The loose powder acts as the part’s support during printing and does away with specific support structure requirements. The powder bed gets lowered, and the process is repeated until all parts are created.

Selective laser sintering has many applications:

The Differences Between Stereolithography And Selective Laser Sintering

Although they are similar in some ways, like how they both use laser and print 3D products, they are vastly different. Here are the differences to be aware of between stereolithography and selective laser sintering.

Firstly, technology for 3D printing called stereolithography uses photochemical processes. Light stimulates the liquid plastic to form polymers. This process is used to build models and parts layer by layer. 

3D products are further constructed from these polymers. On the other hand, a laser is used in the additive manufacturing technique known as selective laser sintering to fuse together powdered materials to form solid structures.

The Materials Used

SLA and SLS have a few key differences, one of which is material uses. Instead of using metals, SLA uses resins and polymers. SLS can process metals like titanium, steel, and other metals in addition to several polymers like nylon. 

Furthermore, since SLS deals entirely with powders, there are safety concerns that users do not have to worry about with SLA as it does not deal with any form of powders. This is because these powders can become respiratory hazards if not handled well.

Each liter of SLA liquid photopolymers costs between $70 and $110 or more. In contrast, costing somewhere around $400 and $700 for each kilogram, SLS powders are much more costly and might be challenging to even find.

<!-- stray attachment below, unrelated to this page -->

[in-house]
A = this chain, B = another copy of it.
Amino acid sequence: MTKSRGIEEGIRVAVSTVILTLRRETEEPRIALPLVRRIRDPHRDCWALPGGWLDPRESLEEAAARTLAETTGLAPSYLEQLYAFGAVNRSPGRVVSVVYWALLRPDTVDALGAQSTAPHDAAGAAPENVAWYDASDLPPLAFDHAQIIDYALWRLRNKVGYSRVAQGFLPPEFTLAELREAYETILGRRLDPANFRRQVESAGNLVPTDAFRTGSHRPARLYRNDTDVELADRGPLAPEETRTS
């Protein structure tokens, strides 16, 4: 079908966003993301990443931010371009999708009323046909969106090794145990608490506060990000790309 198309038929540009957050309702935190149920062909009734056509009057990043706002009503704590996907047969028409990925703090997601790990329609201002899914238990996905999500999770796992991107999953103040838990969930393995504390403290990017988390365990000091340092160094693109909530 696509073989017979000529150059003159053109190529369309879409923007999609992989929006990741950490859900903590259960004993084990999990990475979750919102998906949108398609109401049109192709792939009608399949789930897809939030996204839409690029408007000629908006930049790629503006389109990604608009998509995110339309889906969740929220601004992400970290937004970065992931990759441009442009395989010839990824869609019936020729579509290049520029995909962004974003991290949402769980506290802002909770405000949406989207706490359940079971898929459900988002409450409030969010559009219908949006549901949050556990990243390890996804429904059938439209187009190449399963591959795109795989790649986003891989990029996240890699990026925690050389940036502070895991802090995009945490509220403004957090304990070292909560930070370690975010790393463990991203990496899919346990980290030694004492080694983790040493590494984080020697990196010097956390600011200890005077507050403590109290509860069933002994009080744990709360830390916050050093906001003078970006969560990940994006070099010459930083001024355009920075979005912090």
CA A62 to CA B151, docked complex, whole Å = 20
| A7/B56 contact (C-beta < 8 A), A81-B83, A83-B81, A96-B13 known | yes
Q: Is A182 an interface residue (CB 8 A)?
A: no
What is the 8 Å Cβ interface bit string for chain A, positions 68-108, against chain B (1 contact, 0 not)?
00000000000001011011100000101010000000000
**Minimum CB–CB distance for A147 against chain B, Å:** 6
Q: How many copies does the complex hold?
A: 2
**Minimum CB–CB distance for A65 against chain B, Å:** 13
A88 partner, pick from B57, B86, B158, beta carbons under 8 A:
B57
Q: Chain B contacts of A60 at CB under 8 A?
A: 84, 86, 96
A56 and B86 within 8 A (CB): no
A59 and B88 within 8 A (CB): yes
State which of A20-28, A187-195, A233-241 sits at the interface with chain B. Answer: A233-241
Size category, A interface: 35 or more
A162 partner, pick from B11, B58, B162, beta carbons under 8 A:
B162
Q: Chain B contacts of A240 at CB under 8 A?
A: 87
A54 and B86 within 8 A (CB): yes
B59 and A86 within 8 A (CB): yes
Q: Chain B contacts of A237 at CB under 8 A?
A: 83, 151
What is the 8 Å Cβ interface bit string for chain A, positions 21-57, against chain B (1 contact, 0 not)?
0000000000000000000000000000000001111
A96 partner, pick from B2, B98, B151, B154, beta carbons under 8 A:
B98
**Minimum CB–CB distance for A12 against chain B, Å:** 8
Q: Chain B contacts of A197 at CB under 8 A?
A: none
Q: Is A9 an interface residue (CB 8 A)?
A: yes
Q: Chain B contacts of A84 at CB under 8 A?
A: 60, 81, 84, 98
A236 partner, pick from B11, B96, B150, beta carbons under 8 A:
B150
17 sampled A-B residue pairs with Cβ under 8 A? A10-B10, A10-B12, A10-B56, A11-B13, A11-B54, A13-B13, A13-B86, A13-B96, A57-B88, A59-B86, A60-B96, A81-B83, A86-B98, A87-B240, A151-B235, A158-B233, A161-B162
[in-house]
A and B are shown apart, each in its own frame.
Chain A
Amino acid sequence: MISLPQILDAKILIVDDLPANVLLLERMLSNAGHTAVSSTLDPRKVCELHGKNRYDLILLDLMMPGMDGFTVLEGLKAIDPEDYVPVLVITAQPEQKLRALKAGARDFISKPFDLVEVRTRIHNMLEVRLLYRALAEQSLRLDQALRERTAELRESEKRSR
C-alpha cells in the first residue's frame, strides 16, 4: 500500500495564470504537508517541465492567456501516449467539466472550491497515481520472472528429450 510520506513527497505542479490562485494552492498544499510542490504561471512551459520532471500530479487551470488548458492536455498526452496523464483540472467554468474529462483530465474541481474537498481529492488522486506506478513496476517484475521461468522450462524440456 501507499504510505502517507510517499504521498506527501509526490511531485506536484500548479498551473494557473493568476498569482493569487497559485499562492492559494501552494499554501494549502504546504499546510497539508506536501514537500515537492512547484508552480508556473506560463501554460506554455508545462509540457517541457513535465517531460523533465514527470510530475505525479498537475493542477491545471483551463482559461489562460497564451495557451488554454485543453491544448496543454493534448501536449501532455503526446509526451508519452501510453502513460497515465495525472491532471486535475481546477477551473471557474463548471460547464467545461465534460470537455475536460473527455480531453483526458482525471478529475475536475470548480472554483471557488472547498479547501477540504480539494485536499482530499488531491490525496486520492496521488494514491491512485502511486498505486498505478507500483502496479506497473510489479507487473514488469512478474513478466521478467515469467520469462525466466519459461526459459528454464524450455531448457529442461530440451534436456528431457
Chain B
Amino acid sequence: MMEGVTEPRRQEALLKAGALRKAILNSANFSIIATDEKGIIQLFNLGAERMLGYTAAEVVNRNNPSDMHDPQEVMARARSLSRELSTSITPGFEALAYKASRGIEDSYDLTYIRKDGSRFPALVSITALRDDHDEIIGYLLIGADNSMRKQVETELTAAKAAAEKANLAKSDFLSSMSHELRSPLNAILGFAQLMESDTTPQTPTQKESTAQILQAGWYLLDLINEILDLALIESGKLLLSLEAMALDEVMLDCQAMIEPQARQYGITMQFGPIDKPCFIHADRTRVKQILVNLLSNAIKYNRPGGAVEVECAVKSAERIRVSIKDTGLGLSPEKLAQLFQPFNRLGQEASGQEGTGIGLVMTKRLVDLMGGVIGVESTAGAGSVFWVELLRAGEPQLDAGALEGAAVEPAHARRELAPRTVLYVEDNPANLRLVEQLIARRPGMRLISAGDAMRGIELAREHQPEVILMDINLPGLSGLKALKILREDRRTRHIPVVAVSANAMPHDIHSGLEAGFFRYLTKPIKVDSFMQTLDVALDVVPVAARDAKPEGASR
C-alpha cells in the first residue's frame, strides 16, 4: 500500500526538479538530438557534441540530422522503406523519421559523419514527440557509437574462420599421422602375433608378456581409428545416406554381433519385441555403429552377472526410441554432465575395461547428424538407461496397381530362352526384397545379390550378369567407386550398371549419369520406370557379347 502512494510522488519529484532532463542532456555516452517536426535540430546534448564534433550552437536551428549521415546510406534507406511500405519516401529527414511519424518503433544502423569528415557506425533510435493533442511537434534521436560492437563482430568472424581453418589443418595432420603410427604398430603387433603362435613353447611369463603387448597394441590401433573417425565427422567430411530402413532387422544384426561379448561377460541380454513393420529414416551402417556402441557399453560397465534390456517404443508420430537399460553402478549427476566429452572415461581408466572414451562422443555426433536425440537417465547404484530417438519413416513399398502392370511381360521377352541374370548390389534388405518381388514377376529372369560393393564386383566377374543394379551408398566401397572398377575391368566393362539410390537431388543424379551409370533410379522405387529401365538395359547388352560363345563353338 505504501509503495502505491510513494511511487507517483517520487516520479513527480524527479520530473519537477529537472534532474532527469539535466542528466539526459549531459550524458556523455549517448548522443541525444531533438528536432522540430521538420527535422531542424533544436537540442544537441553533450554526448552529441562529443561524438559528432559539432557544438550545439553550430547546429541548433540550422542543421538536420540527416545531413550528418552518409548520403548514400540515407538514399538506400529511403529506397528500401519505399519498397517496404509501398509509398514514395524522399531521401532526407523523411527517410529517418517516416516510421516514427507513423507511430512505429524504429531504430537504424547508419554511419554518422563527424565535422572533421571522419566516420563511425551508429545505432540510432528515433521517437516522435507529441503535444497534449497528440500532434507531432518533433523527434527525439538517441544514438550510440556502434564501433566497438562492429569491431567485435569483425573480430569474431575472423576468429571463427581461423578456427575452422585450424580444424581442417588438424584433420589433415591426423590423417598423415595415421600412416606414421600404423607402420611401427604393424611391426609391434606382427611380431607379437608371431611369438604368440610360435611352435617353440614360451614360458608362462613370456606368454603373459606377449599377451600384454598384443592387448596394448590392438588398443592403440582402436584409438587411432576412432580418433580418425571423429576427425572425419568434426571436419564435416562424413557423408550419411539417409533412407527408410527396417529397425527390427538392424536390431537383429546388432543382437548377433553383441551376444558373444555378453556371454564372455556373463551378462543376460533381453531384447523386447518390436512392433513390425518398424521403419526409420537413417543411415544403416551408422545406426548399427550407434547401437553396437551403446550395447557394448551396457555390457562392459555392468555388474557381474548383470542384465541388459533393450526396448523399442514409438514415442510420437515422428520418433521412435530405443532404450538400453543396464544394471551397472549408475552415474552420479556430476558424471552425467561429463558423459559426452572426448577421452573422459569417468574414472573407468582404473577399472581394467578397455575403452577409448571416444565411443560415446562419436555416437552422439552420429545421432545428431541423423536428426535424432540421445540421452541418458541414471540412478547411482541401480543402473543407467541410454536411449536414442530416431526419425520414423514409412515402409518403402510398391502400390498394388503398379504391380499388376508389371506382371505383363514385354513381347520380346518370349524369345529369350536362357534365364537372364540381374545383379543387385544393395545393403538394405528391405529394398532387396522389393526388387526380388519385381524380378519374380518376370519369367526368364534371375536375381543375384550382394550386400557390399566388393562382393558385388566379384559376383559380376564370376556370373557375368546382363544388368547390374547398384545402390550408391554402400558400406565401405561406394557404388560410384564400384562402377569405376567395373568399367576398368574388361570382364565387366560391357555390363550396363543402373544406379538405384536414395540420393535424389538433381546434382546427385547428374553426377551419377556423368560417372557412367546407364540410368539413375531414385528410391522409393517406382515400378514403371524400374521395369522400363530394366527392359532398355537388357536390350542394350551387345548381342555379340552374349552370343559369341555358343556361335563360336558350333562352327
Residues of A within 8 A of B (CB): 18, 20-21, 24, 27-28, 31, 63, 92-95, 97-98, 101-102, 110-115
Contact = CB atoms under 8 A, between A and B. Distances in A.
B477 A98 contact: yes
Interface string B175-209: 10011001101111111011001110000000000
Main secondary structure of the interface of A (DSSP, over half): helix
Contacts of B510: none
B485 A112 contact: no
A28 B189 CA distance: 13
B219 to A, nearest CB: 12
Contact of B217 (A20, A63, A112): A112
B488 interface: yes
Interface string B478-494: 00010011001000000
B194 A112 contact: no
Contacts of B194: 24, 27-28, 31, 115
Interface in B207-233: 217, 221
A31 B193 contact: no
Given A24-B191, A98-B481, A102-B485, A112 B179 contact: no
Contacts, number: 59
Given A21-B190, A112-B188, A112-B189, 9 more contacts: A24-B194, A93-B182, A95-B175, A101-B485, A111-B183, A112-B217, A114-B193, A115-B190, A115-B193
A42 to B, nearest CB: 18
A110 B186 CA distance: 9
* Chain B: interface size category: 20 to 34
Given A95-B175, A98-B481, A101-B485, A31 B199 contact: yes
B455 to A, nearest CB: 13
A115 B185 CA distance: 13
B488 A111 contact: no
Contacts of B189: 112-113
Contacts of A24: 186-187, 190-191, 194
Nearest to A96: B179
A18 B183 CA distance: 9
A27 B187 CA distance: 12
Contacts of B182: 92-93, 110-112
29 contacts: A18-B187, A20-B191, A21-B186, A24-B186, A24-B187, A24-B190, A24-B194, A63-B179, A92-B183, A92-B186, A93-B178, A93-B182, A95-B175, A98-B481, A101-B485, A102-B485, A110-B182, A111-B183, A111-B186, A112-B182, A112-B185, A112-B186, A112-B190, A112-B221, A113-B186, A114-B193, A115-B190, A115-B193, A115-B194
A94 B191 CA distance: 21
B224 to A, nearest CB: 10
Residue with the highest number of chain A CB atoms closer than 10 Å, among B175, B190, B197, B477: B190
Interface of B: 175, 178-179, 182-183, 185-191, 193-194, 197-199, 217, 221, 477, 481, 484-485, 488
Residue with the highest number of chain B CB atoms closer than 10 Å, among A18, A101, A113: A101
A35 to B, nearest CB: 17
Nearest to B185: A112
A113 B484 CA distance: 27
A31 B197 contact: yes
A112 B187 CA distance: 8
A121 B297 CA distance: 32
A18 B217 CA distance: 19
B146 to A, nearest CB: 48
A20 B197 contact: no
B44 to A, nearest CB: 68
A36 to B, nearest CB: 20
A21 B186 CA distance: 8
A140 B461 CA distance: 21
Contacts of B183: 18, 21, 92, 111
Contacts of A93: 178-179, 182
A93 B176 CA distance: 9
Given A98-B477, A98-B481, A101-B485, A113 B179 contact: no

Nevertheless, some business analysts claim that the current boom in the SLS industry has increased availability. Interestingly, in the end, there is a low cost per part for selective laser sintering compared to stereolithography products.

Both 3D methods employ lasers, although they do so at various wavelengths. As previously indicated, epoxy is cured within a resin using SLA lasers that work in the UV spectrum. Depending on the manufacturer, it has a tank of liquid material and a point laser that emits a laser with a very particular wavelength. 

To compress and sinter metal particles, SLS uses stronger lasers. As a result, SLA can be utilized at lower peak powers. In contrast, SLS often demands significant peak powers to compress metal particles. There is also a difference in both these 3D printing technologies’ sizes. SLA printers used are usually smaller. SLS printers need a lot of power and a lot of workspaces, which explains why they take up more space.

Furthermore, larger models can be produced using SLS than by an SLA machine. The reason is that their small and lack of need for support structures means they can do more than what SLA machines can.


With stereolithography, a UV laser is used in SLA to harden a photopolymer resin. The liquid polymer in the vat reacts with the wavelength, solidifying it, and the laser essentially draws each layer. After each layer has hardened, the machine’s build plate is raised or lowered to help cure the next layer. 

The laser then draws it. When ready, the part and its required supports are removed from the platform and placed in a UV chamber to complete the curing process. This is imperative as the parts need to be thoroughly cleaned, and post-curing needs to happen to ensure maximum strength and stability.

Laser-sintered nylon powder is used in SLS to make the required parts for end products. Since the powder bed serves as the support framework, no supports are necessary. To finish, users must simply get rid of the metal particles clinging around it.

There is also a difference in the features that each of the materials used produces. In comparison to SLS, SLA typically creates smaller and more recognizable features. Smoother surfaces and more detail give SLA a better overall appearance. But it does depend upon the specific part. 

Since SLS utilizes powder as a sintering medium, which results in uneven surfaces, it is unsuitable for fine details. Furthermore, the surface finish is rough around the edges. Therefore SLA is better at feature detail and a better surface finish. This is also because the SLA is surface treatable, while SLS is not surface treatable.

The Bottom Line

Generally speaking, SLS is presently the better technique for producing end-use parts because the components are usually stronger and experience less UV deterioration, and SLS machines have higher throughput than SLA machines.

Choose SLA if you want highly smooth parts. SLS will be a better option if you desire a more robust part. SLA is preferable to SLS if the porosity is a concern.